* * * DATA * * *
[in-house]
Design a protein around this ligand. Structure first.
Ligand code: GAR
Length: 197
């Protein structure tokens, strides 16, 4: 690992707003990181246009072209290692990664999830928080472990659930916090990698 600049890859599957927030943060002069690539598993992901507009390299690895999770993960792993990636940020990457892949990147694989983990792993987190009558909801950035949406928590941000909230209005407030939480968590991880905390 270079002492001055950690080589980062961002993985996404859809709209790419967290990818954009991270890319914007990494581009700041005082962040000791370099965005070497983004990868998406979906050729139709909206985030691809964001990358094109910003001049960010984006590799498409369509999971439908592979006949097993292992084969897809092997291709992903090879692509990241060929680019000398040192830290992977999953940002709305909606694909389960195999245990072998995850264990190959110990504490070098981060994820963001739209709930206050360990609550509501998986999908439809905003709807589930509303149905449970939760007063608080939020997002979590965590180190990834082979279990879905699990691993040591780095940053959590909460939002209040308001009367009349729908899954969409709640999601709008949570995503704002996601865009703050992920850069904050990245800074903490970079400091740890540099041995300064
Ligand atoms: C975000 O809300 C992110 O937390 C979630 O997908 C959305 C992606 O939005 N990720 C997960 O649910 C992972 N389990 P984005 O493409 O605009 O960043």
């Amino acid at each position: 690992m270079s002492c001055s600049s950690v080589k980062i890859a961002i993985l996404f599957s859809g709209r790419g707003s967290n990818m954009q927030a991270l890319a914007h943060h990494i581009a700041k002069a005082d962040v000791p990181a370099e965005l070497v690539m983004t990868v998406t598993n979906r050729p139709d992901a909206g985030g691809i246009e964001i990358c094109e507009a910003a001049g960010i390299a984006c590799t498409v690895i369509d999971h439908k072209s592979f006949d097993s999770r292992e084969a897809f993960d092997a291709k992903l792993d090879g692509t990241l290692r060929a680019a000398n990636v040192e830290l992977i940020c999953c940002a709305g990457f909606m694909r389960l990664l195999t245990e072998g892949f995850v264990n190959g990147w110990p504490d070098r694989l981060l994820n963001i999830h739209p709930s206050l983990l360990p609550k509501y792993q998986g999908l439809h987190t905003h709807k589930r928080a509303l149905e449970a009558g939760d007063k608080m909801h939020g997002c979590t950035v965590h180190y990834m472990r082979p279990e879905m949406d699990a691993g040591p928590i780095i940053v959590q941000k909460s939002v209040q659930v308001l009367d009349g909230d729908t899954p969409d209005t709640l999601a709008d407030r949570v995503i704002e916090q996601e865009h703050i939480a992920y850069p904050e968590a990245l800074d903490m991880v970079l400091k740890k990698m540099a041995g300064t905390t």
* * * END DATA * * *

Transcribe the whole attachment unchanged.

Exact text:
[in-house]
Design a protein around this ligand. Structure first.
Ligand code: GAR
Length: 197
């Protein structure tokens, strides 16, 4: 690992707003990181246009072209290692990664999830928080472990659930916090990698 600049890859599957927030943060002069690539598993992901507009390299690895999770993960792993990636940020990457892949990147694989983990792993987190009558909801950035949406928590941000909230209005407030939480968590991880905390 270079002492001055950690080589980062961002993985996404859809709209790419967290990818954009991270890319914007990494581009700041005082962040000791370099965005070497983004990868998406979906050729139709909206985030691809964001990358094109910003001049960010984006590799498409369509999971439908592979006949097993292992084969897809092997291709992903090879692509990241060929680019000398040192830290992977999953940002709305909606694909389960195999245990072998995850264990190959110990504490070098981060994820963001739209709930206050360990609550509501998986999908439809905003709807589930509303149905449970939760007063608080939020997002979590965590180190990834082979279990879905699990691993040591780095940053959590909460939002209040308001009367009349729908899954969409709640999601709008949570995503704002996601865009703050992920850069904050990245800074903490970079400091740890540099041995300064
Ligand atoms: C975000 O809300 C992110 O937390 C979630 O997908 C959305 C992606 O939005 N990720 C997960 O649910 C992972 N389990 P984005 O493409 O605009 O960043």
């Amino acid at each position: 690992m270079s002492c001055s600049s950690v080589k980062i890859a961002i993985l996404f599957s859809g709209r790419g707003s967290n990818m954009q927030a991270l890319a914007h943060h990494i581009a700041k002069a005082d962040v000791p990181a370099e965005l070497v690539m983004t990868v998406t598993n979906r050729p139709d992901a909206g985030g691809i246009e964001i990358c094109e507009a910003a001049g960010i390299a984006c590799t498409v690895i369509d999971h439908k072209s592979f006949d097993s999770r292992e084969a897809f993960d092997a291709k992903l792993d090879g692509t990241l290692r060929a680019a000398n990636v040192e830290l992977i940020c999953c940002a709305g990457f909606m694909r389960l990664l195999t245990e072998g892949f995850v264990n190959g990147w110990p504490d070098r694989l981060l994820n963001i999830h739209p709930s206050l983990l360990p609550k509501y792993q998986g999908l439809h987190t905003h709807k589930r928080a509303l149905e449970a009558g939760d007063k608080m909801h939020g997002c979590t950035v965590h180190y990834m472990r082979p279990e879905m949406d699990a691993g040591p928590i780095i940053v959590q941000k909460s939002v209040q659930v308001l009367d009349g909230d729908t899954p969409d209005t709640l999601a709008d407030r949570v995503i704002e916090q996601e865009h703050i939480a992920y850069p904050e968590a990245l800074d903490m991880v970079l400091k740890k990698m540099a041995g300064t905390t």